Monday, December 12, 2011

That Quintessential Soul

African-Americans are often confused by President Obama. Perhaps it is because unlike the great majority of us, he is not a descendant of slaves.

That is what we need to keep in mind: Barack married Michelle. He put two black children in the White House who are descendants of slaves, along with a wife and mother-in-law who are like us. He did not have to marry Michelle. He could have chosen a woman of any other race. He did not. He is a black man who chose the African-American community.

There are some things about Barack that was not his choice. In many ways, he is a dispassionate - not by choice. I am sure, but simply by nature. This is perhaps out biggest concern - that he lacks the roiling emotions that are a hallmark of the black experience. We used to call it "soul". That word is dated now. You rarely hear "soul brother" or "soul sister" anymore, except in regard to someone out of the sixties and the seventies.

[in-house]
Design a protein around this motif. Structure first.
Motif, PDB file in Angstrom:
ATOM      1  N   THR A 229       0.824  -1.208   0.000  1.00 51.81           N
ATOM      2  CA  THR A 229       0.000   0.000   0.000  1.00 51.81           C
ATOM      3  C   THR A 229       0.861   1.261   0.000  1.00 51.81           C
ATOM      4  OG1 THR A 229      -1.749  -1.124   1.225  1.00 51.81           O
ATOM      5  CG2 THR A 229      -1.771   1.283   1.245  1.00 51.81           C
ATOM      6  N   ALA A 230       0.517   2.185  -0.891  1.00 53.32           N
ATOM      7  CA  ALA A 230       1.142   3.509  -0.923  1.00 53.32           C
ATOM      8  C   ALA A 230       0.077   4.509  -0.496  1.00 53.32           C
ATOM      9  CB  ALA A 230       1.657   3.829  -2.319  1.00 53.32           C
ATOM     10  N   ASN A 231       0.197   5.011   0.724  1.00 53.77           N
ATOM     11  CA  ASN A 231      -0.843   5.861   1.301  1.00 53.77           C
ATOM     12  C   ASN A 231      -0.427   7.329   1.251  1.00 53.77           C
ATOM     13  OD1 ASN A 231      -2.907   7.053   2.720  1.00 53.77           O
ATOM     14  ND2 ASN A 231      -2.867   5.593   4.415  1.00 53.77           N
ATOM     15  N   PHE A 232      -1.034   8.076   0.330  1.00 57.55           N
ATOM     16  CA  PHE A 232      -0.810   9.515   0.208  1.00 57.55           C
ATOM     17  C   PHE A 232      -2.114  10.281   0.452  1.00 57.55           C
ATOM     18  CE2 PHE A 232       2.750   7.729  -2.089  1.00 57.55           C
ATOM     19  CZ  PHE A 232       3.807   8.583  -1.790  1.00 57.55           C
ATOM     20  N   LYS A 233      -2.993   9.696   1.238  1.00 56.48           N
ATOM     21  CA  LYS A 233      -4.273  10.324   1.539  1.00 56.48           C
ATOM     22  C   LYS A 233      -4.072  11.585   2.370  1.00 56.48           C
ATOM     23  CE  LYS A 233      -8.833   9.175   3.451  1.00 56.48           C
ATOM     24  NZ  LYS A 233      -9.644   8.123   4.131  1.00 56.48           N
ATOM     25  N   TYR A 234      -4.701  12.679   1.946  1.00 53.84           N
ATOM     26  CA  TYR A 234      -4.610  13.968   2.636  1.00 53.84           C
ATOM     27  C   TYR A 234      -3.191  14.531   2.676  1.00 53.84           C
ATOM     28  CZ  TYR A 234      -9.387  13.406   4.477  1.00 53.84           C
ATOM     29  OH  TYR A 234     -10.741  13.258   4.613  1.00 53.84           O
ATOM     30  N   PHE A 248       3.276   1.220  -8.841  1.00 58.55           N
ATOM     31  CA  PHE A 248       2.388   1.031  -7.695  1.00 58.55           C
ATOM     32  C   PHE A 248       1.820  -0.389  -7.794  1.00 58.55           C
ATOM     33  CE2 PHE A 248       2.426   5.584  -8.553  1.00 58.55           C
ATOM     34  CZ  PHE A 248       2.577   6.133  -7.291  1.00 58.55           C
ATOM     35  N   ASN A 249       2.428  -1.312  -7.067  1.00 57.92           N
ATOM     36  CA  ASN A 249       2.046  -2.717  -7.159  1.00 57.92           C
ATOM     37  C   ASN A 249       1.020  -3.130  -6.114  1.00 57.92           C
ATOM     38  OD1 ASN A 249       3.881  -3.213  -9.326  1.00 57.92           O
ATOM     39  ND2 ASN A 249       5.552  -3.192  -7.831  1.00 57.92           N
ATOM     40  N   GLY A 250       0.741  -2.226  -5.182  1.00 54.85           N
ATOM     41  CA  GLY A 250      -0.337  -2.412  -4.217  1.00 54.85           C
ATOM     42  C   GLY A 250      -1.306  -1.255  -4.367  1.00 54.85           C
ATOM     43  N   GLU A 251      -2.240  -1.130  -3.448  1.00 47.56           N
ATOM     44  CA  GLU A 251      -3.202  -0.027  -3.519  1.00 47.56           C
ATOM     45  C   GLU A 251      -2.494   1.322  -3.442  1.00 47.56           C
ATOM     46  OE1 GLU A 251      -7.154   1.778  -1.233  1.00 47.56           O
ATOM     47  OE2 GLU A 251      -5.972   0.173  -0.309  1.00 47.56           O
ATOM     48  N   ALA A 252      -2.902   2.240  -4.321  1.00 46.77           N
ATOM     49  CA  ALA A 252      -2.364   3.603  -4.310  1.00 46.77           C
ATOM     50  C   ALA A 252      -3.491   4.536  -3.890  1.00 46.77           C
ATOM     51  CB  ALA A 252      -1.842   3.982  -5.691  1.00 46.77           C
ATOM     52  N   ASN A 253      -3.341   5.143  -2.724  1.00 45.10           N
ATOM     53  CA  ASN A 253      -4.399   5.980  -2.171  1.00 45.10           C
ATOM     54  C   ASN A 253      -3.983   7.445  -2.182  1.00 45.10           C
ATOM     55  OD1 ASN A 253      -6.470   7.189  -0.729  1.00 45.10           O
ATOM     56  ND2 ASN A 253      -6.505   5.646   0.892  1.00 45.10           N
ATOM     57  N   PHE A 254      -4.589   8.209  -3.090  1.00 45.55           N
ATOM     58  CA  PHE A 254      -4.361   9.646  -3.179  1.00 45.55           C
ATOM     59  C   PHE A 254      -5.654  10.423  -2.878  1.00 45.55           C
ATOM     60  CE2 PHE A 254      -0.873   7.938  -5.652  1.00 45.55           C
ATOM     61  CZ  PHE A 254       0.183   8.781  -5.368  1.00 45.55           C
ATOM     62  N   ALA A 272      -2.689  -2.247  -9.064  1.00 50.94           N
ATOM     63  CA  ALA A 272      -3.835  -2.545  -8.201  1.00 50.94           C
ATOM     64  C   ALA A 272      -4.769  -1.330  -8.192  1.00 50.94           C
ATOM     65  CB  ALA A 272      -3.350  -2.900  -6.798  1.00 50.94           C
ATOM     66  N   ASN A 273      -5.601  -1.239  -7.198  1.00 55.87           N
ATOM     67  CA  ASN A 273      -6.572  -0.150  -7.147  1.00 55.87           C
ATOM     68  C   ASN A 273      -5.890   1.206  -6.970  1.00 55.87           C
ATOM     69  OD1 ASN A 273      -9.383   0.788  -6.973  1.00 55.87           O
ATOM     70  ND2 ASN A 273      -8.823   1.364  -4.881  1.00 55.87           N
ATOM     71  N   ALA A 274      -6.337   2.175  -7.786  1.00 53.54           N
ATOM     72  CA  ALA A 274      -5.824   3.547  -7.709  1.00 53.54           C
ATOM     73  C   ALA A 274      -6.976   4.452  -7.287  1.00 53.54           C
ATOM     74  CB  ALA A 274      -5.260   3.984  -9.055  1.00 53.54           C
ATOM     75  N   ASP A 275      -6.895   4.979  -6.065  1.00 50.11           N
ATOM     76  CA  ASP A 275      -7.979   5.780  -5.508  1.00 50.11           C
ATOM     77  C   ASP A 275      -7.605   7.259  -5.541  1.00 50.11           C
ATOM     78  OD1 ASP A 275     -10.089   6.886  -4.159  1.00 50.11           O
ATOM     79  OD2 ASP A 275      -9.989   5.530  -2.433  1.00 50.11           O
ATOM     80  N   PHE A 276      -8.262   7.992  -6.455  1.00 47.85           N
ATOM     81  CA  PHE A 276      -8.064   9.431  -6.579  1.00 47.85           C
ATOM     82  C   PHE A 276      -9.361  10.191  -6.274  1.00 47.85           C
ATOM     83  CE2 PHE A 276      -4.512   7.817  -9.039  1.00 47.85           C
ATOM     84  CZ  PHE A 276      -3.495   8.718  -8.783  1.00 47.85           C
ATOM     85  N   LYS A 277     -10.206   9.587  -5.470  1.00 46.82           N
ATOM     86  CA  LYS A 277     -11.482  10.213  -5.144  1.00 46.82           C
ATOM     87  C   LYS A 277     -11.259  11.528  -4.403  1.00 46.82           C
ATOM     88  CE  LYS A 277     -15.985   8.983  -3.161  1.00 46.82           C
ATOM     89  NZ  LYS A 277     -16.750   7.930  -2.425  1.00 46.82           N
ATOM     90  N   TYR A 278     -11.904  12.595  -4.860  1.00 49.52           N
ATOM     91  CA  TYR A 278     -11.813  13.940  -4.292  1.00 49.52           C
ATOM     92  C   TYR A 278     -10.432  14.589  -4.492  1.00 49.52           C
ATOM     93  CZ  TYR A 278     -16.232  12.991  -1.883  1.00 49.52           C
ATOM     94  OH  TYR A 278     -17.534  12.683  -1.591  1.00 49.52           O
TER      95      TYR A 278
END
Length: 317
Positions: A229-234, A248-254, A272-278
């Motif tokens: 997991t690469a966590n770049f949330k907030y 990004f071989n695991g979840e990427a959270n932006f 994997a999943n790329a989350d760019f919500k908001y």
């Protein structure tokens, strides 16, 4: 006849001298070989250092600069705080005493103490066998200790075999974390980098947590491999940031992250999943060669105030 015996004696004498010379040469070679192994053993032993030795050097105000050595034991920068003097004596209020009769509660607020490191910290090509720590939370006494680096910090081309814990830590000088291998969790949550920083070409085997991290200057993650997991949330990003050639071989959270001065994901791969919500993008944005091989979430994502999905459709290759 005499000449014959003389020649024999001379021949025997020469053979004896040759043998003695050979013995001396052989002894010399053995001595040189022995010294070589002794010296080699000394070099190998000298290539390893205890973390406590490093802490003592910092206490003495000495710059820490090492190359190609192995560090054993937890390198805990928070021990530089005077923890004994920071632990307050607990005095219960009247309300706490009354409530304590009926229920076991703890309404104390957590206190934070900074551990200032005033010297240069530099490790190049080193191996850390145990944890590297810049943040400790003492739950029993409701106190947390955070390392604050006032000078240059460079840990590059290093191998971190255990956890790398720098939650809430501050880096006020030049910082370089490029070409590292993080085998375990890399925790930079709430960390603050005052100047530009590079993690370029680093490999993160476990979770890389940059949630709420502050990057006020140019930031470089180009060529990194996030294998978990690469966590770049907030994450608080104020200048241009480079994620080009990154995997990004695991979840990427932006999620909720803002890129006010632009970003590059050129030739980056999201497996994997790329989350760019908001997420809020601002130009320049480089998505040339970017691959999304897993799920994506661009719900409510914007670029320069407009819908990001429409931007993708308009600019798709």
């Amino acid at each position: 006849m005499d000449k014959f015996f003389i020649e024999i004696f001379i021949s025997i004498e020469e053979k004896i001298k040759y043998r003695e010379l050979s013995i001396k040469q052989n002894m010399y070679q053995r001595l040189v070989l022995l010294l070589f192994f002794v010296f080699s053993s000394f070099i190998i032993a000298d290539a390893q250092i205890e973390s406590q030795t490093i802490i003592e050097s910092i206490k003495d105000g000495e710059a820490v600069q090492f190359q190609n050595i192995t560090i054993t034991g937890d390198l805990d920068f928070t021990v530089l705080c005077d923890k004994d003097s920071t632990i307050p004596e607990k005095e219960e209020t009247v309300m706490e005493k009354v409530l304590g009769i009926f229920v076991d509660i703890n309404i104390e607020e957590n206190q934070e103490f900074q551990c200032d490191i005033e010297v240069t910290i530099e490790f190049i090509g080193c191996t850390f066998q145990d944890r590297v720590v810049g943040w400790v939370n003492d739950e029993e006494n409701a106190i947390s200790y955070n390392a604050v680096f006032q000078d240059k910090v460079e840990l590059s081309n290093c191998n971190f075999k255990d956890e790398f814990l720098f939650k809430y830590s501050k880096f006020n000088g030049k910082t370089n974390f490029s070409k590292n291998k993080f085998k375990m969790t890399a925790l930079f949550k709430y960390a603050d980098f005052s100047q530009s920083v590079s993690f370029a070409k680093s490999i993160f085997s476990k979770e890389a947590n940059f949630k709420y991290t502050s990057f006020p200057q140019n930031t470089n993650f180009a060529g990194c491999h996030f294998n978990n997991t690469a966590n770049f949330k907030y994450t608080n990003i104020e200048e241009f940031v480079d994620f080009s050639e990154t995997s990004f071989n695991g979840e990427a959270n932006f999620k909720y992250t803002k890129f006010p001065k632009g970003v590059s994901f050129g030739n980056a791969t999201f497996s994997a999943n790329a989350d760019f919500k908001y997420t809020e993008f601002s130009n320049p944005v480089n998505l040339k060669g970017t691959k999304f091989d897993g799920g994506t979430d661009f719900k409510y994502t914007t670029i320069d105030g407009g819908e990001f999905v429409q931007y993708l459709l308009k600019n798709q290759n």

If we want, we could call Michelle a "soul sister", but we are hesitant to call Barack a "soul brother" because we do not quite believe it. He is more "soul cousin" then "brother", but still family.

The truth be known, a lot of would-be "soul brothers and sisters" are not all that anymore. We began to lose it in the eighties and the nineties. By the 00's, it was nearly all gone, except for the holdovers (like me) - old-timers, many of whom fought in America's second civil war, the one we simply call "The Struggle."

Today, we who are left, sift through the detritus of those heady times, when we linked arms and marked against the racial winds. We were a sight to behold.

So, do not blame Barack. Not only was he born a "cousin," but he is a product of a time that is ever hard-pressed to produced that quintessential soul.

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